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Palynomorphs of the Fezouata Shale (Lower Ordovician, Morocco): Age and environmental constraints of the Fezouata Biota

Nowak, Hendrik, Servais, Thomas, Pittet, Bernard, Vaucher, Romain, Akodad, Mustapha, Gaines, Robert R., Vandenbroucke, Thijs R.A.
Palaeogeography, palaeoclimatology, palaeoecology 2016 v.460 pp. 62-74
fossils, palynology, shale, China, Morocco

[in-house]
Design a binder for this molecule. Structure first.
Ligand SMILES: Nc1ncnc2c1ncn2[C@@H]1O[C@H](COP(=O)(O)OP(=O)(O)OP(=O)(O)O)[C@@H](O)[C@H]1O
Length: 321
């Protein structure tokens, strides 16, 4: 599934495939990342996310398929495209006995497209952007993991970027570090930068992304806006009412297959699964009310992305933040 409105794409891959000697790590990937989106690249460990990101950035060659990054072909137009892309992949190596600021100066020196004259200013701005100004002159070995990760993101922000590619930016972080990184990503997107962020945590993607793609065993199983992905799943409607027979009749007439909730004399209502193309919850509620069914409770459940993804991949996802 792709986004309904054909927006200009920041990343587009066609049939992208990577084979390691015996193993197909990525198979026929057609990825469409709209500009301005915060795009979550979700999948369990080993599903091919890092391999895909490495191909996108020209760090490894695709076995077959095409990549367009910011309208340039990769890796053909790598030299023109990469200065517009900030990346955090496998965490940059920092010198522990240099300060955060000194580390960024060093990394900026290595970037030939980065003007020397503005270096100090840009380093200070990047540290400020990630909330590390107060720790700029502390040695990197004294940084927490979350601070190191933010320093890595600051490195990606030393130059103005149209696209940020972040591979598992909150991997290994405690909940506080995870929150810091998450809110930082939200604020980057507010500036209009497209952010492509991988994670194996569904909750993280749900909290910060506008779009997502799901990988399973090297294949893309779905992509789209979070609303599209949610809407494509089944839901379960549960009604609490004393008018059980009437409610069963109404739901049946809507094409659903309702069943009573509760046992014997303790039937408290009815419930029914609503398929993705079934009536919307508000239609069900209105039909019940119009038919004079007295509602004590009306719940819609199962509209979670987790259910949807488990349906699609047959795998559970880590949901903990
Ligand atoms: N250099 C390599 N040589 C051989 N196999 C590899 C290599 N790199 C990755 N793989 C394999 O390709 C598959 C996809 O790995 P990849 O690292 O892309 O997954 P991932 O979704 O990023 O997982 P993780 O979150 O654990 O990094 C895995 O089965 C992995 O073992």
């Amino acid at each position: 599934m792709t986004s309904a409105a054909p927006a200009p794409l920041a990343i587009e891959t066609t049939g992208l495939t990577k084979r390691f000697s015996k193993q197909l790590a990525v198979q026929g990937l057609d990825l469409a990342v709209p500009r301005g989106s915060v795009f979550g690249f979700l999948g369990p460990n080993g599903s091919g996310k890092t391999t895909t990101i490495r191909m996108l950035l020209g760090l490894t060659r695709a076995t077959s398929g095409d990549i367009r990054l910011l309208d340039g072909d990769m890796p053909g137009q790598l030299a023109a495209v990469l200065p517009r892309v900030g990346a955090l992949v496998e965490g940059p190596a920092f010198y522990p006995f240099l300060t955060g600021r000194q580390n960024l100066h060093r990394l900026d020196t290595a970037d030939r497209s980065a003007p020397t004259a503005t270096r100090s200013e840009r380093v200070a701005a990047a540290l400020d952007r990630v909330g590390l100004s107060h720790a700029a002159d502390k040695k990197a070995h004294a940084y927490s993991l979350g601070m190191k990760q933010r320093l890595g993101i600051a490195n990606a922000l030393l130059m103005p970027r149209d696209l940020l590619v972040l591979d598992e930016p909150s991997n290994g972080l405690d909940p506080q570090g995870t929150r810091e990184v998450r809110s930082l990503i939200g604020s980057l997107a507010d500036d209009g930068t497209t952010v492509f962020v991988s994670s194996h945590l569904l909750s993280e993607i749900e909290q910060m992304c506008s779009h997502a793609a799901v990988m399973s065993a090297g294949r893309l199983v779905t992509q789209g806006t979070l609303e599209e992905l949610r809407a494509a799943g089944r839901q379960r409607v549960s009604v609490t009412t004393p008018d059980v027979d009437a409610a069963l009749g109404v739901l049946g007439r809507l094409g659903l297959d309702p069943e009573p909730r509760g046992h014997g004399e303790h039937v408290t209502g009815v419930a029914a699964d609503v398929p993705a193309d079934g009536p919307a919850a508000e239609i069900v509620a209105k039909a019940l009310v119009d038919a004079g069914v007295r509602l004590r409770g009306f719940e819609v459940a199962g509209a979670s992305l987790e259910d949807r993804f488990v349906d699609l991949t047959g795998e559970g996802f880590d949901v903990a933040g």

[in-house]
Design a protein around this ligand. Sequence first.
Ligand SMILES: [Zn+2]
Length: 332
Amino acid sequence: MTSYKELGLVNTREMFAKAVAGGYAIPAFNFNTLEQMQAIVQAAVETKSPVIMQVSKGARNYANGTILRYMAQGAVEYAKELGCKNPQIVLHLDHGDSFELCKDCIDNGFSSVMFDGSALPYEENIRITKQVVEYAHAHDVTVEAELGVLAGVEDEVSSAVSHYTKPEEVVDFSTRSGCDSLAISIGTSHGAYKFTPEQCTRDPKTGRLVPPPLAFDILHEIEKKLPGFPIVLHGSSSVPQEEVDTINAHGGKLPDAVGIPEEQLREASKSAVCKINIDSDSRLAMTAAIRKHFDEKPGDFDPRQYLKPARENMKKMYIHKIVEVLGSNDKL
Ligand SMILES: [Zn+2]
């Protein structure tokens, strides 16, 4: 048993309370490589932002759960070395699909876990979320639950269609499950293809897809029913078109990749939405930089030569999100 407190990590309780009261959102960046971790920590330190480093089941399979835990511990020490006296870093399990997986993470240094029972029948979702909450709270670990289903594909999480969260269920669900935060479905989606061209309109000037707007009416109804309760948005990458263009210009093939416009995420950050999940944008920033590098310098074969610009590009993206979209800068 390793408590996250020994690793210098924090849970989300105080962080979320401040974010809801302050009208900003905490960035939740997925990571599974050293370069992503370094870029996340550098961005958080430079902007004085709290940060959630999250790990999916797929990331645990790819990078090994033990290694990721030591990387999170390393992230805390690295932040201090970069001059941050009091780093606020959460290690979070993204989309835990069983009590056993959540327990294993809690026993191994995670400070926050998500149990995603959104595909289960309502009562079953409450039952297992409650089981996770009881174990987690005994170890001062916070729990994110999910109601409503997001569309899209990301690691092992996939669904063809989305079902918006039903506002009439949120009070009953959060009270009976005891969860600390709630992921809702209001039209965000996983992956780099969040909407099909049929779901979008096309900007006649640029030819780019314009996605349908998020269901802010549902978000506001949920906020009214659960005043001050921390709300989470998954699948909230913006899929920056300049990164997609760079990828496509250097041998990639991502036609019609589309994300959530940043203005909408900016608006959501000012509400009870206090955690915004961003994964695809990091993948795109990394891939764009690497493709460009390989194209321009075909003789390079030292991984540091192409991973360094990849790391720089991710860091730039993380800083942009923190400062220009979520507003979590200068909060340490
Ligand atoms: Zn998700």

The present study documents new palynological investigations of the Fezouata Shale from the Anti-Atlas (Morocco). Palynomorphs were extracted from samples collected from both outcrops and drill cuttings. Outcrop samples were taken near Zagora, and include some that were collected during excavation of stratigraphic horizons where exceptionally well-preserved fossils of the Fezouata Lagerstätte occur. Subsurface samples were taken from the AZ-1 (Adrar Zouggar Mountain) borehole, which was extracted some 300km to the southwest of Zagora. The palynological samples yielded acritarchs, chitinozoans, scolecodonts, conodonts and fragments of graptolites. The abundance and quality of preservation of palynomorphs varies greatly, but rich and diverse assemblages were recovered from several samples. The diversity and composition of the assemblages points to an open shelf environment. Generally mixed preservation states suggest resedimentation or differential transport histories. The acritarchs can be assigned to the diagnostic messaoudensis-trifidum acritarch assemblage, which is typical of the Tremadocian/Floian boundary interval of the Gondwanan margin in high southern palaeolatitudes. The acritarch taxa present in some of the lower parts of the Fezouata Shale including levels of exceptional preservation can be attributed to sub-assemblages 1–2 of the messaoudensis-trifidum assemblage and thus point to a late Tremadocian age of the Fezouata Lagerstätte, confirming biostratigraphic data provided by graptolites of the Araneograptus murrayi graptolite biozone. Chitinozoans from the Fezouata Shale are from the E. symmetrica and E. brevis biozones and include various species that are well-known from several localities on the Gondwanan margin and from other palaeocontinents (Baltica, Laurentia, and South China), demarcating broad links between those regions. The coincidence between index fossils of these three groups, hitherto not all found in the same level, suggests that the age assignments of chitinozoan biozones may be in need of revision.